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To motivate previous designs of interactive information systems [6] , we appealed to mechanisms of cognitive science [5], and to general principles of information science [17] . We have argued that in an information-rich world, the real design problem to be solved is not so much how to collect more information, but rather, how to optimize the user's time, and we have deployed these principles in an attempt to increase relevant information gained per unit time expended. But for task analysis, design exploitation, and evaluation of information systems, a more developed theory is needed.

In this paper, we lay out the framework for an approach we call information foraging theory. This approach considers the adaptiveness of human-system designs in the context of the information ecologies in which tasks are performed. Typically, this involves understanding the variations in activity afforded by some space of human-system design parameters, and understanding how these variations trade-off the value of information gained against the costs of performing the activity. While complementary with information processing approaches to computer interaction theory, such as those in the GOMS family [5, 14], information foraging theory emphasizes a larger time-scale of behavior, the cost structure of external information- bearing environments, and human adaptation. Consider the time-scales of activity outlined by Newell [13] .

The sorts of information-seeking and sensemaking activities of interest to us span from the middle of the cognitive band of activity (~100 ms - 10 s), across the rational band (minutes to hours), and perhaps into the social band (days to months). Typically, information-processing models of cognition have addressed behavior at the cognitive band, and elementary cognitive mechanisms and processes (e.g., such as those summarized in the Model Human Processor, [5] ) play a large part in shaping observed behavior at that grain size. As the time scale of activity increases, "there will be a shift towards characterizing a system...without regard to the way in which the internal processing accomplishes the linking of action to goals" (Newell [13], p 150). Such explanations assume that behavior is governed by rational principles and largely shaped by the constraints and affordances of the task environment. Rather than assuming classical normative rationality, one may assume that the rationale for behavior is its adaptive fit to its external ecology [4] .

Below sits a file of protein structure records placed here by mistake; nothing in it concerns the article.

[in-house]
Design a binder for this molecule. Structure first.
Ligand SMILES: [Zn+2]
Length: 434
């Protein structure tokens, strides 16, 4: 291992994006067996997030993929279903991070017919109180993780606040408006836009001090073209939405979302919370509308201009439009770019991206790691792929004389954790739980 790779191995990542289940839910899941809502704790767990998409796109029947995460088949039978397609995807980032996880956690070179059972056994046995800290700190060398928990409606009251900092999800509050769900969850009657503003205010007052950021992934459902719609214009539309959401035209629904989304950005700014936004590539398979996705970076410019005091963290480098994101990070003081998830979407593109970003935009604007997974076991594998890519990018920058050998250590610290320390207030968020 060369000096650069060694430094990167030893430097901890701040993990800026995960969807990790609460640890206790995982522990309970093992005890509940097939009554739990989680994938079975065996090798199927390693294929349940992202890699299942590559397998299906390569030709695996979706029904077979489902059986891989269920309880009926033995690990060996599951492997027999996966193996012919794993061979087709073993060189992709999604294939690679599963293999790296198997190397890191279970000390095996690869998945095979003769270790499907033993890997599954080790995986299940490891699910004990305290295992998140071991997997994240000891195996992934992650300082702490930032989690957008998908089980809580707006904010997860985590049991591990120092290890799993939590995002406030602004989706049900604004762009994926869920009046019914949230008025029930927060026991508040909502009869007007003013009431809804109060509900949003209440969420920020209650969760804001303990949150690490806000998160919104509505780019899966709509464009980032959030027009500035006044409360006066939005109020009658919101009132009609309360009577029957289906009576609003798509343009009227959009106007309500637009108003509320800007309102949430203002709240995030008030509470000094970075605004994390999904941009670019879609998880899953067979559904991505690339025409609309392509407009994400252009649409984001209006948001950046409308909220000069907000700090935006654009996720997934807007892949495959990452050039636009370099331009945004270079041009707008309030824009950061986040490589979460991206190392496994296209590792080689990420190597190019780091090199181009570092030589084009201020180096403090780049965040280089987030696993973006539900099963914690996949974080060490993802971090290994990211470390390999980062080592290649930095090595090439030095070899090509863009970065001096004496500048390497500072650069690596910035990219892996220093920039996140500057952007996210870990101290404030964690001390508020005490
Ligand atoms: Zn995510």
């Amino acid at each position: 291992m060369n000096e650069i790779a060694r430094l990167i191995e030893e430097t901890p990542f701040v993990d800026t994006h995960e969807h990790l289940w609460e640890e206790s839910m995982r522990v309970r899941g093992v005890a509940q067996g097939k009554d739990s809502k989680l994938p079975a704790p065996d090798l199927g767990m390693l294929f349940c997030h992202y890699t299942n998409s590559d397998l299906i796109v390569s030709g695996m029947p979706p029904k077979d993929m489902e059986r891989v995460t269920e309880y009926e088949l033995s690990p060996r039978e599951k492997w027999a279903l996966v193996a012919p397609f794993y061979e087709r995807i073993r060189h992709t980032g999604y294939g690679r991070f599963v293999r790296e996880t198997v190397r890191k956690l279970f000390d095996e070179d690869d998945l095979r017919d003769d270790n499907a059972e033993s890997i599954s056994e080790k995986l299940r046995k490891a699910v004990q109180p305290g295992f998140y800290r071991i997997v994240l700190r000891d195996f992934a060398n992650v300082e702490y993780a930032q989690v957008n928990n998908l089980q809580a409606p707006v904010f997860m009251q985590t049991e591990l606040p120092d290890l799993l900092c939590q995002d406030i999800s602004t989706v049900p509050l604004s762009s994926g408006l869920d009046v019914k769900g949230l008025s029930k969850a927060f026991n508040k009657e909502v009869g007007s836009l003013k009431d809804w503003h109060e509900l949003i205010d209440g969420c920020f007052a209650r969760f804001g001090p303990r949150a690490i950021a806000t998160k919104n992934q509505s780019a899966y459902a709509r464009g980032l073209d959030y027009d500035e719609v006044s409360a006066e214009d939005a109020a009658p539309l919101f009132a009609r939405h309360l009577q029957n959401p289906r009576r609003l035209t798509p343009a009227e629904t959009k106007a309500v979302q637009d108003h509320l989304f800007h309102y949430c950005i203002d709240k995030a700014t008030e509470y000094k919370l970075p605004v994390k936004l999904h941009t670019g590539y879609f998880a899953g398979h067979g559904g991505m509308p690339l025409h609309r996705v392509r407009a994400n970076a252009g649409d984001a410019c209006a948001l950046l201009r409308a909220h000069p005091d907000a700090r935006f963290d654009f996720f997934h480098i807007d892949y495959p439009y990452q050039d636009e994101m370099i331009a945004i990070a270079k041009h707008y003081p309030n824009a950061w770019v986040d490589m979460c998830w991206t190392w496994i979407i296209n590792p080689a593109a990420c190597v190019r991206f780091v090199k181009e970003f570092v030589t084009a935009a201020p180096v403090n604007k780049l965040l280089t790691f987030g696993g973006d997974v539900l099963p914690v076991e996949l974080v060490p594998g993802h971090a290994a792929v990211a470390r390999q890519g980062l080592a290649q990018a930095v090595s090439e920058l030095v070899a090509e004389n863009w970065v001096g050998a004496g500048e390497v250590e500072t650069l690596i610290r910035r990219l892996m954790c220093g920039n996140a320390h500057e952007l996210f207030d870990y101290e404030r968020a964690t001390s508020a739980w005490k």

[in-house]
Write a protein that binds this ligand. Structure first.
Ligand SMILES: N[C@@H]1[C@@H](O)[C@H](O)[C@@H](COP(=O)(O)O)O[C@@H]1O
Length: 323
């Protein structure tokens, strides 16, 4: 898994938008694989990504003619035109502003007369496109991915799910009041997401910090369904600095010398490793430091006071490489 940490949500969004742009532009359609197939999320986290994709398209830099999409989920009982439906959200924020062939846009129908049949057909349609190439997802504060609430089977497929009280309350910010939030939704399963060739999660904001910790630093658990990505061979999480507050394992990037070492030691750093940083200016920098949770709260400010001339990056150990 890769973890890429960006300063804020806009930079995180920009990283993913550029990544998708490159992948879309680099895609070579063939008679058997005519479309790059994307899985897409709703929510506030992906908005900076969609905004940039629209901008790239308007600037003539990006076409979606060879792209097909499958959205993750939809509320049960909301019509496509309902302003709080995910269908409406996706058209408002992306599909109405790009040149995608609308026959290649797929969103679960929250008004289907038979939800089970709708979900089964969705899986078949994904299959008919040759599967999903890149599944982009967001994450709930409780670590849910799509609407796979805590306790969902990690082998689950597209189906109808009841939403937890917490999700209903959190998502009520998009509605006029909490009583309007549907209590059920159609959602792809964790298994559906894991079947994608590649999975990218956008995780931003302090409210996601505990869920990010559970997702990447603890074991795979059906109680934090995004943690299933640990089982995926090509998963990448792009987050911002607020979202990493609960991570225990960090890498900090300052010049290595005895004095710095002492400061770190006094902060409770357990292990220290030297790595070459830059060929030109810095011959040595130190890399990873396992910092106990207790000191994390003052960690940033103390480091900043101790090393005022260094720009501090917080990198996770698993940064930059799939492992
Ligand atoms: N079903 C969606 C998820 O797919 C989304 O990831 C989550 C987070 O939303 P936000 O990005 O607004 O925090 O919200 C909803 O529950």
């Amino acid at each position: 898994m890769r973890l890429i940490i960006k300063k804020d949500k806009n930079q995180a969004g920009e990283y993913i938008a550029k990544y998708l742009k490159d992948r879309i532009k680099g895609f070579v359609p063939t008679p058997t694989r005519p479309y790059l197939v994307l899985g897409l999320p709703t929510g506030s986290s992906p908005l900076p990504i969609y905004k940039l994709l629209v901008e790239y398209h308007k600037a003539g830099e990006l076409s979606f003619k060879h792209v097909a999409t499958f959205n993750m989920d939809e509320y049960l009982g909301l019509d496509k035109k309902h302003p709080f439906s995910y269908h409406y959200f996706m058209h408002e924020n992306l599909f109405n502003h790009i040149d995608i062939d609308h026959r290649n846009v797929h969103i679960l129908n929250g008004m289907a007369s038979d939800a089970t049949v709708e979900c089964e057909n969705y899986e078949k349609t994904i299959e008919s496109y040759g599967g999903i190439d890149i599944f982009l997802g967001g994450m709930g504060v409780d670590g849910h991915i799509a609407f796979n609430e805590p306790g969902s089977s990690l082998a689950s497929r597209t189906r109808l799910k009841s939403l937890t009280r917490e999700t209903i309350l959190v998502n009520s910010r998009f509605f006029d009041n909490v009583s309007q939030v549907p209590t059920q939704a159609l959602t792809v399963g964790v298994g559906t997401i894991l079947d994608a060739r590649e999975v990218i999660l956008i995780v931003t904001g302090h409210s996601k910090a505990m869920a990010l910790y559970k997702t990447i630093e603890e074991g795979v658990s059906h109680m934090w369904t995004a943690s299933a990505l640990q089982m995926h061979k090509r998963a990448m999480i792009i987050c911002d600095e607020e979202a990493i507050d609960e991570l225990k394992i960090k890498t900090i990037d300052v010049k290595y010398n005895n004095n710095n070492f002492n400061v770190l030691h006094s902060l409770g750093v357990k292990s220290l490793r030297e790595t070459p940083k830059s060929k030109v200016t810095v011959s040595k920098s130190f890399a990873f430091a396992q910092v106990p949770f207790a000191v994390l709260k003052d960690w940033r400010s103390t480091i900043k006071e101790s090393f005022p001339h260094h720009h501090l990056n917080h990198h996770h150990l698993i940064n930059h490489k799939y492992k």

This is the essence of an ecological stance (Neisser, as cited in Bechtel [4]) towards cognition. Whereas information- processing models, such as GOMS, provide mechanistic accounts of how cognition operates, ecological models address why it operates that way, given the ecological context in which it occurs. This kind of integrated explanatory framework has been promoted by Marr [12] and, more recently, Anderson [1, 2] in cognitive science.

Optimal foraging theory is a theory that has been developed within biology for understanding the opportunities and forces of adaptation. We believe elements of this theory can help in understanding existing human adaptations for gaining and making sense out of information. It can also help in task analysis for understanding how to create new interactive information system designs.

Optimality models in general include the following three major components.

- Decision assumptions that identify which of the problems faced by an agent are to be analyzed. This might involve decisions about whether to pursue a given type of information item upon encountering it, the time to spend processing a collection of information items, the choice of moves to make in navigation, the choice of strategy under uncertainty, or degree of resource sharing.
- Currency assumptions, which identify how choices are to be evaluated. The general assumption in ecological analyses is that some feature x will exist over other features, if x satisfies some existence criteria. Existence criteria have two parts (a) a currency, and (b) a choice principle. Typically, optimal foraging models in anthropology and biology assume energy as a currency. Information foraging theory will assume information value as currency. Choice principles include maximization, minimization, and stability.
- Constraint assumptions, which limit and define the relationships among decision and currency variables. These will include constraints that arise out of the task structure, interface technology, and the abilities and knowledge of a user population.

We assume that information foraging is usually a task that is embedded in the context of some other task and its value and cost structure is consequently defined in relation to the embedding task and often changes dynamically over time [3, 18]. The value of information [16] and the relevance of specific sources [18] are not intrinsic properties of information-bearing representations (e.g., documents) but can only be assessed in relation to the embedding task environment. Usually, the embedding task is some ill-structured problem for which additional knowledge is needed in order to better define goals, available courses of action, heuristics, and so on [15, 20]. Such tasks might include such things as choosing a good graduate school, developing a financial plan for retirement, developing a successful business strategy, or writing an acceptable scientific paper. The structure of processing and the ultimate solution are, in large part, a reflection of the particular knowledge used to structure the problem space. Consequently, the value of the external information may often reside in the improvements to the outcomes of the embedding task.